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So you’re vacationing in Europe… And itching to get arrested? Hit with a hefty fine? Yeah, we didn’t think so. Nonetheless, weird laws abound here, as elsewhere. In fact, committing an illegal activity in the EU might be as simple as wearing high heels at the wrong place or smooching your honey while waiting for the train (get a room!). To help you keep your crazy law breaking to a minimum—and not looking like a total newbie—we’ve compiled this cautionary list of weird ways to get arrested. Call it what not to do on your European vacay:

German Autobahn.700

Running out of fuel is verboten.

1. Run out of gas on the German autobahn
Driving on a highway in Germany? Better fill ’er up. As if it weren’t annoying enough to deal with the repercussions of an empty fuel tank—including smugness from the passenger seat: “See, I told you to pull over 10 kilometers ago!”—running out of gas on the autobahn means you’re also breaking the law…breaking the law (insert Judas Priest guitar riff here).


Swiss clotheline.700

Never on Sunday.

2. Hang clothes out to dry on a Sunday in Switzerland
Ah, Switzerland: Land of snow-capped peaks, magnificent wildflower meadows and…So. Many. Rules. Like, you know, not drying your laundry outside on a Sunday. Online mag Newly Swissed put it (cheekily) this way: “Because who wants to see your white socks waving in the wind during their Sunday stroll?”


France Train Kiss.700

Break it up, break it up.

3. Kiss on train platforms in France
You’re not starring in a French New Wave film. The world is not in black and white. And there’s no quirky voice-over narration rhapsodizing on the beauty and melancholy of your every move. But, hey, if you find yourself in France and you want to give your boo a quick kiss before he/she boards a train at the Gare du Nord, we doubt you’ll face much of a penalty—even though, by some accounts, a 1910 ban on kissing on train platforms (to help prevent rail delays) is still on the books.

 Plus: Here’s how to spend three perfect days in Barcelona.

Netherlands Canal.700

Clearly not a toilet, people.

4. Urinate in a canal in the Netherlands (unless you’re pregnant)
Sorry if you’ve had one too many, fellas, and can’t find a public WC in Amsterdam — or don’t have enough euro to pay to use one: You’ll be slapped with a fine if you’re caught urinating into a canal. Let’s keep it classy and let only the pregnant women relieve themselves there, mmmkay? (In all seriousness, several people die per year attempting to pee into an Amsterdam canal while inebriated. So literally: let’s not go there!)


Portugal Ocean.700

Just don’t.

5. While you’re at it, don’t pee in the ocean while in Portugal
It’s illegal, see. Not sure if anyone in Portugal has ever actually been busted for this, though. I mean, the ocean’s pretty big.


Italy man in skirt.700

Not in Italy, guys.

6. Wear a skirt in Italy if you’re a man
Attention, Scotsmen and any guys who like to don the occasional skirt: If you’re wearing one in public in Italy, you can be arrested. Way to put a damper on self-expression, Italy! (Not that we recommend you skirt around the law.)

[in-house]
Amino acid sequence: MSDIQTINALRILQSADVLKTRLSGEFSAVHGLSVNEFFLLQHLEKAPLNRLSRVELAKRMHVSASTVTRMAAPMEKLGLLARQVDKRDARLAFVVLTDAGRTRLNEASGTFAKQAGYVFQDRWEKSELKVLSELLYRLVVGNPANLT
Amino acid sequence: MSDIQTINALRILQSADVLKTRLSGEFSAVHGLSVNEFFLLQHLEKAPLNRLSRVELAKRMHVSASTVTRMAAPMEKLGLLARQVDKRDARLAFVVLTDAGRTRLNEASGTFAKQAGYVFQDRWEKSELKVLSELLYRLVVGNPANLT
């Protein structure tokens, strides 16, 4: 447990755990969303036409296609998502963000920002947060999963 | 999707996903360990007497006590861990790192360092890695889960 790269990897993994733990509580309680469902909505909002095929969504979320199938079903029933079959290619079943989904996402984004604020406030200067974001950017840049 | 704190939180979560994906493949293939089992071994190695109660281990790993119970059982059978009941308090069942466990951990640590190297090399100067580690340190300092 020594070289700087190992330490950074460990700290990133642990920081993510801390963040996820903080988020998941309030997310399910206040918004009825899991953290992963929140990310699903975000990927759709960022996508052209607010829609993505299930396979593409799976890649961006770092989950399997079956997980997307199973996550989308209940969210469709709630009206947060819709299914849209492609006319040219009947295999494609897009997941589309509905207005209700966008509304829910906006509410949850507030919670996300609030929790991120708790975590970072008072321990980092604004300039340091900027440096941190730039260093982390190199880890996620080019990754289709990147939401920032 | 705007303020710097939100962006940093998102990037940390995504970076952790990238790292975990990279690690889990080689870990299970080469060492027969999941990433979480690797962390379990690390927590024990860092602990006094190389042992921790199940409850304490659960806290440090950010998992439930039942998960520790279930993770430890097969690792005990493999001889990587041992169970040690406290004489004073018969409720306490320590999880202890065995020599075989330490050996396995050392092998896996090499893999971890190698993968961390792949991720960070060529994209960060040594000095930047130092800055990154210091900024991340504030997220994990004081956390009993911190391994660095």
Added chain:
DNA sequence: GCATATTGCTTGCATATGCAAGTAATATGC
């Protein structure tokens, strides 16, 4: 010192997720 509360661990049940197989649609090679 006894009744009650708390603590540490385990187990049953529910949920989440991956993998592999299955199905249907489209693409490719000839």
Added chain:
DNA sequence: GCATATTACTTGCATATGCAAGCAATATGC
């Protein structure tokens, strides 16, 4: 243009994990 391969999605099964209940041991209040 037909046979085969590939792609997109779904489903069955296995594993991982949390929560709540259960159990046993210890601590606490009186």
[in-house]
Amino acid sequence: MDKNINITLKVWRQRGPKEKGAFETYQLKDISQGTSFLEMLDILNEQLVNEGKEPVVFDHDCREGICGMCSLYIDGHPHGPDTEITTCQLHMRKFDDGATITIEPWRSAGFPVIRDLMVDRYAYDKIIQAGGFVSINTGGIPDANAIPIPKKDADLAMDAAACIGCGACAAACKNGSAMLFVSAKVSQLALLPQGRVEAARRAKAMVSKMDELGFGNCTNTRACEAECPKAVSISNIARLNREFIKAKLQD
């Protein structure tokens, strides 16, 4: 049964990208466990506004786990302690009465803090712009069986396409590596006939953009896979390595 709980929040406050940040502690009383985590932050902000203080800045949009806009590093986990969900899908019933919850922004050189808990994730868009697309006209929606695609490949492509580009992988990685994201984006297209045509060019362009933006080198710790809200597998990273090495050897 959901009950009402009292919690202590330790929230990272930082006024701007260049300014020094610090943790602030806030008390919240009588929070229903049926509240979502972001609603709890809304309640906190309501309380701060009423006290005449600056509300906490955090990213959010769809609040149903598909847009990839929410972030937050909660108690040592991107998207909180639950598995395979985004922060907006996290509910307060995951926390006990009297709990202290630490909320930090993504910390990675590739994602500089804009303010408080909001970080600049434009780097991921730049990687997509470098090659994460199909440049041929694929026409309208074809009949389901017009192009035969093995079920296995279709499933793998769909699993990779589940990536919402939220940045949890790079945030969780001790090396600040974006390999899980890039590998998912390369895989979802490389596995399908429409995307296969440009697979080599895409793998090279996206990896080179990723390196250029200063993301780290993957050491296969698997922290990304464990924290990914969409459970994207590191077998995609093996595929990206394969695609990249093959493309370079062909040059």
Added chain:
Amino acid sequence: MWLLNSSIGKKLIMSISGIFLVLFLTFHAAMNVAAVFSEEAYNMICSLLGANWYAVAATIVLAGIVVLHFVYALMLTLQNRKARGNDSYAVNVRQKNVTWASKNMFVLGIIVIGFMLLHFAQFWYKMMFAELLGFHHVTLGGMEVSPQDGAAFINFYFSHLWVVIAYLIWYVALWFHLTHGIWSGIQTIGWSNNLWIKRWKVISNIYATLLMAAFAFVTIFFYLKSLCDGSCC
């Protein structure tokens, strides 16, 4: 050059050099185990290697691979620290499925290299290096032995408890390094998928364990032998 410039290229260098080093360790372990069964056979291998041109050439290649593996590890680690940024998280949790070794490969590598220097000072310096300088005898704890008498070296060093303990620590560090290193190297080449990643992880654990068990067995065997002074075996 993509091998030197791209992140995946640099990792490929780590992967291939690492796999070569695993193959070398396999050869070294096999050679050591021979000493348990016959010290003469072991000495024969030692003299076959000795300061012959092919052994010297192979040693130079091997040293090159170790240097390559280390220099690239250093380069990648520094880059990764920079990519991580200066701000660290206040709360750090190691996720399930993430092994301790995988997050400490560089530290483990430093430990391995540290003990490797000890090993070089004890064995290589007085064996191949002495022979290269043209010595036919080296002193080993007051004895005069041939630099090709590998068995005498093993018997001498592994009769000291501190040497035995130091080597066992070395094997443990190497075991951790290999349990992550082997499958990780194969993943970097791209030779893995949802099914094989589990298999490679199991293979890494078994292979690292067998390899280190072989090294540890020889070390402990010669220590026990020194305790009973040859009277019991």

Greek monuments stilettos.700

These ladies got thememo.

7. Wear stilettos while visiting Greek monuments
Ladies: Your six-inch Louboutins are wounding the ancient monuments. Given Greece’s crazy-amazing and crazy-old archaeological sites, this is a big deal. Which is why at many of these landmarks, heels are banned. Why not slip on some more marble-friendly sandals or tennis shoes for your tour of the Odeon?

So, what can you do legally in Europe, if anything?!

York Scotland.700

Nope, nothingillegal to see here.

8. Murder someone with the ancient city walls of York, England—but only if carrying a bow and arrow

This archaic law is allegedly still on the books, though fortunately, no one has gone on all Katniss Everdeen and taken advantage of it. But maybe don’t make it the aim of your UK vacation?

With the Euro low and hundreds of hotels on sale across the continent, now is the perfect time for Europe!

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Tagged: Europe

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Laura Pearson

Laura Pearson

Laura is a travel-loving Chicago-based journalist who writes about art and culture. Follow her on Twitter at @tislaurapearson.

4 thoughts on “7 totally weird ways to get arrested in Europe”

  1. I’m traveling to Scotland August 31, 2015. It seems the weather can be this or that. Any feedback. Trying hard to travel lightly.

  2. I was assaulted by police and nearly arrested in Bari, Italy where I got off the ferry from Greece. I was taking the bus to get to the train station. I purchased my ticket from the driver. When I went to get off the bus, I was notified that I hadn’t validated my ticket (at a kiosk located just inside the bus door before you get to the driver). Within minutes I was surrounded by Italian and military police with their guns all pointed at me. As I was just passing thru and didn’t speak Italian, no one could speak to me on English and I was treated like a criminal. They took my passport and basically made me feel that I was going to jail. Eventually I found a passerby who spoke English. She helped me work out a $200 payoff. Government sanctioned tourist Scams like this are all over Europe.

  3. Re: Weird Laws –
    I saw the same sort of law on a street sign in Florida, at a bridge crossing.
    Another “Criminal” offence in Germany, I read, is to deny that “The Holocaust ” took place !

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